The tiny owl who made headlines last week after she was found in Rockefeller Center’s Christmas tree was released back into the wild Tuesday after a brief stint in animal rehab.
“Rocky’s release was a success!” tweeted Ravensbeard Wildlife Center on Tuesday, which is a bird rehab in Saugerties, New York. “She’s a tough little bird and we’re happy to see her back in the wild. She will feel your love & support through her journey south.”
Rocky's release was a success! She's a tough little bird and we're happy to see her back in the wild. She will feel your love & support through her journey south.#RockefellerOwl Please help us continue our mission to help birds like Rocky for years to come https://t.co/Wg4S9kJZbb pic.twitter.com/AJZ5xPrVQt
— Ravensbeard Wildlife Center (@Ravensbeardorg) November 25, 2020
The small Northern saw-whet owl, which was named “Rockefeller” after the plaza in which her former home is located, quickly became an internet sensation when she was found in the 75-foot Norway spruce that had been cut down and hauled to Midtown Manhattan from Oneonta, New York.
As The Daily Wire reported:
The Northern saw-whet owl, which often nests in tall conifers, averages only about 6.7-8.7 inches long and weighs on average approximately 2.8 ounces, making them easy prey for larger birds.
After Rockefeller had been rescued, the owl was taken to Ravensbeard Wildlife Center, which is more than 100 miles north of New York City in Saugerties, New York.
In a Tuesday Facebook post, the wildlife center wrote:
A Secret in the Rockefeller Center Christmas Tree
Ravensbeard is excited to share a rare Holiday story with you.
Yesterday morning, I received a phone call from someone who asked if we take in owls for rehabilitation. I replied, “yes we do,” there was silence for a moment and she said “OK, I’ll call back when my husband comes home, he’s got the baby owl in a box tucked in for the long ride.”
I asked where her husband was when he found the owl. She said he works for the company that transports and secures the Christmas tree in Rockefeller Center.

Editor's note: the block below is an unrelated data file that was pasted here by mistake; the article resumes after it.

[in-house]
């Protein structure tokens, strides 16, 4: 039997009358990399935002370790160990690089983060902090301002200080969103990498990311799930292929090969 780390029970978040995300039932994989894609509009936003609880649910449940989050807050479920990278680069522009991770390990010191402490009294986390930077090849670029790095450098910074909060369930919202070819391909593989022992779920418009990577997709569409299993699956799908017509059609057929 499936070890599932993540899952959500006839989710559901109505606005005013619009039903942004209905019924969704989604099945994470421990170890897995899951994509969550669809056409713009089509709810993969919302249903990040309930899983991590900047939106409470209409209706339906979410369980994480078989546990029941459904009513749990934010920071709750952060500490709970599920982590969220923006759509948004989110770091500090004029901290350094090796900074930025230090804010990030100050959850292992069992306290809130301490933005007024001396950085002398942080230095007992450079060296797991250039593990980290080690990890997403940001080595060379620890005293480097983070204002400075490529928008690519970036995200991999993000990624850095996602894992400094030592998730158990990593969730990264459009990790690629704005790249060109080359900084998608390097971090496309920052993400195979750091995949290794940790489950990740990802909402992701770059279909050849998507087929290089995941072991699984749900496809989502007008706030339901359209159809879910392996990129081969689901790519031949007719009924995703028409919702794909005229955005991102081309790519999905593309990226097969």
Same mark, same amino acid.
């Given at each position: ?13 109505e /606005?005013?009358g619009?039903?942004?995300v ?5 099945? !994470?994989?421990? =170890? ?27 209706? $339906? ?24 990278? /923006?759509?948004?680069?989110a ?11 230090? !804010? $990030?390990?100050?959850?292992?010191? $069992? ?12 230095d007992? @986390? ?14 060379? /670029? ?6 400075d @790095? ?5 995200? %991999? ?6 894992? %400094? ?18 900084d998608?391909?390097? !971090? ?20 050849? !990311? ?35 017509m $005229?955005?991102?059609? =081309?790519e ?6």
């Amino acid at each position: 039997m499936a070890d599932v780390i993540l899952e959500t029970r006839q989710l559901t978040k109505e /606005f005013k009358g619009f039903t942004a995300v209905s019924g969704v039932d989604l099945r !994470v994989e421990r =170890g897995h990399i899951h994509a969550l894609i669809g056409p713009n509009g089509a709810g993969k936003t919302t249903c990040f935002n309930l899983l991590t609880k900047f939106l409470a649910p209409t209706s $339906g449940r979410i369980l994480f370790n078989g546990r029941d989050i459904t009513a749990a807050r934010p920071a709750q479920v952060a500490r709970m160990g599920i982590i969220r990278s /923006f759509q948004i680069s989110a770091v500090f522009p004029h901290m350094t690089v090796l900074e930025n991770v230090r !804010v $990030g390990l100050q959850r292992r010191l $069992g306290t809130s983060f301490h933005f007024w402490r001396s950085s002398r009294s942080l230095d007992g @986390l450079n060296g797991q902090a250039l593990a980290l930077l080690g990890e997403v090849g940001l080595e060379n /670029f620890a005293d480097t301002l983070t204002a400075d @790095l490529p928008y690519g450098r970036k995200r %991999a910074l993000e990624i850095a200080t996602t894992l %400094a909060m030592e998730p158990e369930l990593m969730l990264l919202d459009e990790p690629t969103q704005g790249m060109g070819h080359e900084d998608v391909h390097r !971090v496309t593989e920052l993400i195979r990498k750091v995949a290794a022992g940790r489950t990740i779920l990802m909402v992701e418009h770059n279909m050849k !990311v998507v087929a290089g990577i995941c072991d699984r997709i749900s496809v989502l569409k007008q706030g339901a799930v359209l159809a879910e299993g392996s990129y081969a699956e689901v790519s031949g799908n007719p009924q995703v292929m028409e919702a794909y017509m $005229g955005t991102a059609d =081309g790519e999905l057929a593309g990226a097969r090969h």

She lived about an hour south so we met in the middle to do the transfer. Once secured, I peaked [sic] in the box and saw this little face looking up at me. He/she was a little Saw-whet owl, the smallest owls we have in the northeast. All baby owls are born in the spring so the idea that there was a baby owl in November didn’t make sense.
Back at Ravensbeard Wildlife Center, we’ve given him fluids and are feeding him all the mice he will eat. It had been three days since he ate or drank anything. So far so good, his eyes are bright and seems relatively in good condition with all he’s been through. Once he checks in with the vet and gets a clean bill of health, he’ll be released to continue on his wild and wonderful journey.
Our hearts go out to all those “behind the scenes” workers. Great job and thanks for saving “Rockefeller”!
Rockefeller achieved such fame that the National Bobblehead Hall of Fame created a bobblehead of her, proceeds from which will go to benefit the Ravensbeard Wildlife Center.
The @BobbleheadHall wasted no time creating a bobblehead of #Rockefeller, the adorable owl who was found in the Rockefeller Center Christmas tree earlier this week. They’re donating $5 from each sold to the @Ravensbeardorg, where #RockefellerOwl is being cared for. pic.twitter.com/XxZrkSgjgw
— David Leavitt (@David_Leavitt) November 20, 2020
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